Machine learning with Tensorflow and Elasticsearch

In this post we are going to see how to build a machine learning system to perform the image recognition task. The image recognition is the process of identifying and detecting an object or a feature in a digital image or video. The tools that we will use are the following:

  • Amazon S3 bucket
  • Amazon Simple Queue Service
  • Google TensorFlow machine learning library
  • Elasticsearch

The idea is to build a system that will process the image recognition task against some images stored in a S3 bucket and will index the results to Elasticsearch.
The library used for the image recognition task is TensorFlow.
TensorFlow is an open source software library for numerical computation using data flow graphs. Nodes in the graph represent mathematical operations, while the graph edges represent the multidimensional data arrays (tensors) communicated between them. The flexible architecture allows you to deploy computation to one or more CPUs or GPUs in a desktop, server, or mobile device with a single API. TensorFlow was originally developed by researchers and engineers working on the Google Brain Team within Google’s Machine Intelligence research organization for the purposes of conducting machine learning and deep neural networks research, but the system is general enough to be applicable in a wide variety of other domains as well. You can read more about it here.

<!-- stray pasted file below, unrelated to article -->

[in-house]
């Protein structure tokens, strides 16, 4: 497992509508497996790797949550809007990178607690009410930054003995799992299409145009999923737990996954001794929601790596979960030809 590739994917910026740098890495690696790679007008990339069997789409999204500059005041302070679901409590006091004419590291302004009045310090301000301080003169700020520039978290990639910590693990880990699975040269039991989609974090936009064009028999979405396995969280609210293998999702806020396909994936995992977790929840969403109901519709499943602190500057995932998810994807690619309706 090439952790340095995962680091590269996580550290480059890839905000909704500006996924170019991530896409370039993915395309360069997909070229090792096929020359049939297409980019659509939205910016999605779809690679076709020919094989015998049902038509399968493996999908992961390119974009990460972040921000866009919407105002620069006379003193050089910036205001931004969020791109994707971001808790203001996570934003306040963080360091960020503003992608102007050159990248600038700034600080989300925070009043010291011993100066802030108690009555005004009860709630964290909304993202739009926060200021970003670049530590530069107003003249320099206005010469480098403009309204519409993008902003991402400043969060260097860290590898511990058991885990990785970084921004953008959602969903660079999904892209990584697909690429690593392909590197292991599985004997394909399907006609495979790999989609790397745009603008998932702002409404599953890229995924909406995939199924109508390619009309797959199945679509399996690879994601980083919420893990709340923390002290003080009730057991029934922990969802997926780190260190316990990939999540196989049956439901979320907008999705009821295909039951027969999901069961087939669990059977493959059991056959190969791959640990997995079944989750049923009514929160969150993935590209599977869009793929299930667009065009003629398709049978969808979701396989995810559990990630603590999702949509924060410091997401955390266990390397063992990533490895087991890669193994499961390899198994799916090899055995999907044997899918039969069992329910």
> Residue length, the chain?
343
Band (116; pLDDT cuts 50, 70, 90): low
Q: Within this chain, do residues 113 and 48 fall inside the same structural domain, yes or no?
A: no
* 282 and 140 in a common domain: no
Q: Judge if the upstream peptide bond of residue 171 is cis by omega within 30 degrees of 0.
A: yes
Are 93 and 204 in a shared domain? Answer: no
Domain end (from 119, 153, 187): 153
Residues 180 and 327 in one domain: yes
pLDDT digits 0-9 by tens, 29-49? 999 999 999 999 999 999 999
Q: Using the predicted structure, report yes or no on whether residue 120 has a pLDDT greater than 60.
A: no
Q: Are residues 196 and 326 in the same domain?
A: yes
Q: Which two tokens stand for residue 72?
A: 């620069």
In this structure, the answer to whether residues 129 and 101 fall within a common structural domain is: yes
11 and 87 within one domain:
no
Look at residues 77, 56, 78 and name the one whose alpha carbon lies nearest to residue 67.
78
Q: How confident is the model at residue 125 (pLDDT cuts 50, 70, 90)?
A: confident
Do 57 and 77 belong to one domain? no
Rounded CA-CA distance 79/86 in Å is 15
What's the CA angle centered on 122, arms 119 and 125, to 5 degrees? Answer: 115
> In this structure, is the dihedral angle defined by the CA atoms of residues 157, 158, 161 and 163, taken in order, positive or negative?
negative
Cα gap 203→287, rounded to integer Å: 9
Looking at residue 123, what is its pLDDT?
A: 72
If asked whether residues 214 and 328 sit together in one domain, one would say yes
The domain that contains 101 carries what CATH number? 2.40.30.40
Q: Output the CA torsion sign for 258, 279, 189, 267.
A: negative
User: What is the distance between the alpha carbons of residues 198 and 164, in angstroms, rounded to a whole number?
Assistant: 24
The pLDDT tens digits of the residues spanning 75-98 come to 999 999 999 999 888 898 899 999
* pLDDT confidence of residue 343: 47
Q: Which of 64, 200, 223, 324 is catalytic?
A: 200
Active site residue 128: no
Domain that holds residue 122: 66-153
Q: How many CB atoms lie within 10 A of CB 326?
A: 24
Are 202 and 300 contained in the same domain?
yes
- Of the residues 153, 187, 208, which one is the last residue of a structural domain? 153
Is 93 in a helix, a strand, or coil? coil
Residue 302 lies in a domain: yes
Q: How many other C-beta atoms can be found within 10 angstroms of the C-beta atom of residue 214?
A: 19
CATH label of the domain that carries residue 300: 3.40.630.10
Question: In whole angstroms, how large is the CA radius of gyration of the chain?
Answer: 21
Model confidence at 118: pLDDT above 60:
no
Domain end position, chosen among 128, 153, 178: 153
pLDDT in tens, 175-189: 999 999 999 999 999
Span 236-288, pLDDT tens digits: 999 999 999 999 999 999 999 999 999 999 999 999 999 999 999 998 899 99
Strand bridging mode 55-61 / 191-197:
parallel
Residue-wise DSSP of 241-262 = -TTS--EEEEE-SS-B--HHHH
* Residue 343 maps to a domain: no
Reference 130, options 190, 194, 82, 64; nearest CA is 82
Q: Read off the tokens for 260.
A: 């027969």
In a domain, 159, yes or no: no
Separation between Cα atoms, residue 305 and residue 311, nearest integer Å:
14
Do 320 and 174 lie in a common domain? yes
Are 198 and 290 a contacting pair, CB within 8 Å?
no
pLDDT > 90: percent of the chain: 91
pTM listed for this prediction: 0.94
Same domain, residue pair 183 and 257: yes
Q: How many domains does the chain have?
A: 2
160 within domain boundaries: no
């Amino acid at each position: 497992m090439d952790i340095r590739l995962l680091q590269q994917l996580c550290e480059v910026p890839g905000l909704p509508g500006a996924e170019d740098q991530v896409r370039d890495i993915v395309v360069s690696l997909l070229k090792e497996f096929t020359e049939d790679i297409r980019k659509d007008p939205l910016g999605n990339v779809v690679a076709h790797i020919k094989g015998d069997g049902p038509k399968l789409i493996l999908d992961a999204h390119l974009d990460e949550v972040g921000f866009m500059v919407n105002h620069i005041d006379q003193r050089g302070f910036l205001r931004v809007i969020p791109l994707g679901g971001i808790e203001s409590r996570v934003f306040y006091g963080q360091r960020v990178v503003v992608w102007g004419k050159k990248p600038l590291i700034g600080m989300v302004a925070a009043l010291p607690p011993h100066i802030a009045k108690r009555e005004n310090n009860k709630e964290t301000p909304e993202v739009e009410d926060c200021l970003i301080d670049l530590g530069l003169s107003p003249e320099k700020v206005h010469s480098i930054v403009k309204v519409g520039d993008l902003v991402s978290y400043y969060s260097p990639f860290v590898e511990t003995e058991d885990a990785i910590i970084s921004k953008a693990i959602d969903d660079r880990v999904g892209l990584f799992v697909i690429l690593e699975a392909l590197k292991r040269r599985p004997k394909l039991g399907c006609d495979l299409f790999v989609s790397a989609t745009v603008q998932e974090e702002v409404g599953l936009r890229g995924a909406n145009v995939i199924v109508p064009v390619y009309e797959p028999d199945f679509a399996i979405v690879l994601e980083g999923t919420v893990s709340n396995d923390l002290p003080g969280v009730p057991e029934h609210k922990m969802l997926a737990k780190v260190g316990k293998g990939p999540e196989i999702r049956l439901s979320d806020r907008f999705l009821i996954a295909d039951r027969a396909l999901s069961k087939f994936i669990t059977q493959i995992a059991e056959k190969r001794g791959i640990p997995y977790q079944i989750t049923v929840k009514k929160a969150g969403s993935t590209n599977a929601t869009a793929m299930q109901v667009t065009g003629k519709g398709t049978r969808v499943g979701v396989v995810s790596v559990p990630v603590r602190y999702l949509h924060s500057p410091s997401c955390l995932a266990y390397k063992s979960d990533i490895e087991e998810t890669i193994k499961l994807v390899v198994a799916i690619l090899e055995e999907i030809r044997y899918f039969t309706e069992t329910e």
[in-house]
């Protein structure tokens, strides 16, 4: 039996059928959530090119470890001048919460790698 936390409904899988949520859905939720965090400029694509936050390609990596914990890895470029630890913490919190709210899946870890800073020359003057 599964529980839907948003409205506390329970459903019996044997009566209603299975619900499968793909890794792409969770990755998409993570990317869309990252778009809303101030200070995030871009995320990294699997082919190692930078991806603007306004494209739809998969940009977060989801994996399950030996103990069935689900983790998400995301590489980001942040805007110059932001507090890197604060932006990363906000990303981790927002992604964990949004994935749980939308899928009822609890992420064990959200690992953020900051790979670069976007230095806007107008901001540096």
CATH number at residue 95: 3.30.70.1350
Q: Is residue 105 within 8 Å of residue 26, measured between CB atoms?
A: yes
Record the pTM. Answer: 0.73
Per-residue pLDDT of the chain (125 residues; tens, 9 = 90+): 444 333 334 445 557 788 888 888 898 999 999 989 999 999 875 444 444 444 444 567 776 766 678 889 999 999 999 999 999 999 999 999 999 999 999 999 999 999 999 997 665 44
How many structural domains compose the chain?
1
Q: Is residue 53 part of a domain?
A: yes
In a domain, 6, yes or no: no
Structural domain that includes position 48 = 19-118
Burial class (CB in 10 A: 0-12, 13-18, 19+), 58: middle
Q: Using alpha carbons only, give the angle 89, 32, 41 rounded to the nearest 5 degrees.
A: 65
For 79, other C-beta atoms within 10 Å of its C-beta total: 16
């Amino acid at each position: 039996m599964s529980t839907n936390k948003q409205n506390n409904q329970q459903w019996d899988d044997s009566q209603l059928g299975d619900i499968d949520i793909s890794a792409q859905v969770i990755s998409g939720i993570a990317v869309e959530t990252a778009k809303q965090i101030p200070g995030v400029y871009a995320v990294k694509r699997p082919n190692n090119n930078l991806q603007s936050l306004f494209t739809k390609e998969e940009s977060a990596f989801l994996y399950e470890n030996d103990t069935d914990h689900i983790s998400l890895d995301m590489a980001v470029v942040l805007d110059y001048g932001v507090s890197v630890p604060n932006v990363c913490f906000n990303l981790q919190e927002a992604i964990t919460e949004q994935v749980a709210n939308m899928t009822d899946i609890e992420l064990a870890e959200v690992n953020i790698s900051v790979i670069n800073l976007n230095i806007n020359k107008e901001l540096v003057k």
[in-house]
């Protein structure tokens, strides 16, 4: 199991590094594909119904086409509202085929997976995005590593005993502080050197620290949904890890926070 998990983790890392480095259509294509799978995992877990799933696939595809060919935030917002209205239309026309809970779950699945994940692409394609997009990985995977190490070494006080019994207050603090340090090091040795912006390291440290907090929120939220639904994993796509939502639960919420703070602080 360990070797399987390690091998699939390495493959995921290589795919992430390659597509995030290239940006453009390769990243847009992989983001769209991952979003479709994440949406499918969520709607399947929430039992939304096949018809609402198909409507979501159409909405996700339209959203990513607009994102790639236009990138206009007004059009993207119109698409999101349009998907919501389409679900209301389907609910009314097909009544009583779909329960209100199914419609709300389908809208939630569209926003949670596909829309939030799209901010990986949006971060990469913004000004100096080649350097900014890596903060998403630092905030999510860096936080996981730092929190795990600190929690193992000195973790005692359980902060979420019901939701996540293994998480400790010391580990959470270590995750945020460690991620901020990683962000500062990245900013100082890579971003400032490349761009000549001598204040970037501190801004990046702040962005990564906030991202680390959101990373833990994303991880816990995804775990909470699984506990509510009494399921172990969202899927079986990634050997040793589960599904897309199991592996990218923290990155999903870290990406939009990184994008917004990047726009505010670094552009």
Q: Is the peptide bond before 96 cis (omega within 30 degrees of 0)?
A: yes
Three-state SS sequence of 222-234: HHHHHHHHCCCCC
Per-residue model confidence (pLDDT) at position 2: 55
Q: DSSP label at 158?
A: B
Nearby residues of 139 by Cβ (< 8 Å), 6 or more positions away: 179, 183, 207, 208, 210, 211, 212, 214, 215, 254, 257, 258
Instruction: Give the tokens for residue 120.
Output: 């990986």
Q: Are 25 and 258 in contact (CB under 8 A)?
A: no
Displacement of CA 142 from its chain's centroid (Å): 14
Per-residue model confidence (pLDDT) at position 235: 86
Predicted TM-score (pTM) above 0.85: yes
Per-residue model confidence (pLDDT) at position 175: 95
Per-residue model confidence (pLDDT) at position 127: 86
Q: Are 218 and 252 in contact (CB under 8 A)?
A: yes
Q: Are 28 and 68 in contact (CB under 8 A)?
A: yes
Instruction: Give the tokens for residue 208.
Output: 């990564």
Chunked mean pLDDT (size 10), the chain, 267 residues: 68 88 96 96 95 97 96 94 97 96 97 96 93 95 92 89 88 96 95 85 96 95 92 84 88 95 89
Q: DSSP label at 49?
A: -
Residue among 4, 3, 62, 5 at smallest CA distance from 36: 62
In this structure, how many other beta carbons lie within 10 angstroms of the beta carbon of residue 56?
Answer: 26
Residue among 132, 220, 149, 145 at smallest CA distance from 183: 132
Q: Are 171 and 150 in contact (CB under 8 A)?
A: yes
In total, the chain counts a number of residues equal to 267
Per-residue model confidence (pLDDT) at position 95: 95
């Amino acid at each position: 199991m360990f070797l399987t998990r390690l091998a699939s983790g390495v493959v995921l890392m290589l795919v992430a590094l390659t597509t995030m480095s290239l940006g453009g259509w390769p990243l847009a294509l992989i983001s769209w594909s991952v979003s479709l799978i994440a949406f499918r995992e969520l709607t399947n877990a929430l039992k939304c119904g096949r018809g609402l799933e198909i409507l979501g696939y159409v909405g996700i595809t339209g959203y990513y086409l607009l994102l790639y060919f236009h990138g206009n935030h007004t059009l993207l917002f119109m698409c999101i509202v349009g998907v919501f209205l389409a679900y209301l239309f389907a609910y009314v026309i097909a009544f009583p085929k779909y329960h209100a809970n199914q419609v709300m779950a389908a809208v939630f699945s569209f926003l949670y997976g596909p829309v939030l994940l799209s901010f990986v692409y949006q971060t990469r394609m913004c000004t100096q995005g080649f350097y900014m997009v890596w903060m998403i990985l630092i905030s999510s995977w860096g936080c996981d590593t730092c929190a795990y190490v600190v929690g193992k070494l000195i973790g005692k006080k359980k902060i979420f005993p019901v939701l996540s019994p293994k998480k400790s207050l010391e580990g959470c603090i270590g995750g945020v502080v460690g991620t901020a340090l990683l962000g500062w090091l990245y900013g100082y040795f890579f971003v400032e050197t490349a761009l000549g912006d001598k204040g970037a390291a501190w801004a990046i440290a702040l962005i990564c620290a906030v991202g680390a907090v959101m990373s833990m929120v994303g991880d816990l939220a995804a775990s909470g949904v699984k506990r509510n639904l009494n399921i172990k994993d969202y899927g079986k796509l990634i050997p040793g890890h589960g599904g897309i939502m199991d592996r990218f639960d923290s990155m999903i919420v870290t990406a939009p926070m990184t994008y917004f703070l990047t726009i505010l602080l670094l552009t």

These are the main steps performed in the process:

  • Upload image to S3 bucket
  • Event notification from S3 to a SQS queue
  • Event consumed by a consumer
  • Image recognition on the image by TensorFlow
  • The result of the classification is indexed in Elasticsearch
  • Search in Elasticsearch by tags

This image shows the main steps of the process:



Event notifications

When an image is uploaded to the S3 bucket a message will be stored to a Amazon SQS queue. To configure the S3 Bucket and to read the queue programmatically you can read my previous post:
Amazon S3 event notifications to SQS

Consume messages from Amazon SQS queue

Now that the S3 bucket is configured, when an image is uploaded to the bucket an event will be notified and stored to the SQS queue. We are going to build a consumer to read this notification, download the image from the S3 bucket and perform the image classification using Tensorflow.

With this code you can read the messages from a SQS queue and download the image from the S3 bucket and store it locally (ready for the image classification task):

Image recognition task

Now that the image (originally uploaded to S3) has been downloaded we can use Tensorflow to run the image recognition task.
The model used by Tensorflow for the image recognition task is the Inception-V3. It achieved a 3.46% error rate in the ImageNet competition. You can read more about it here: Inception-V3 and here: Tensorflow image recognition.

I used the Tensorflow Python API, you can install it using Pip:

You can find all the information about Setup and Install here: Download and Setup Tensorflow.Here you can find an official code lab by Google:  Tensorflow for poets.

So, starting from the code (you can find it on Github: I created a Python module that given the local path of an image (the one previously downloaded from S3) returns a dictionary with the result of the classification.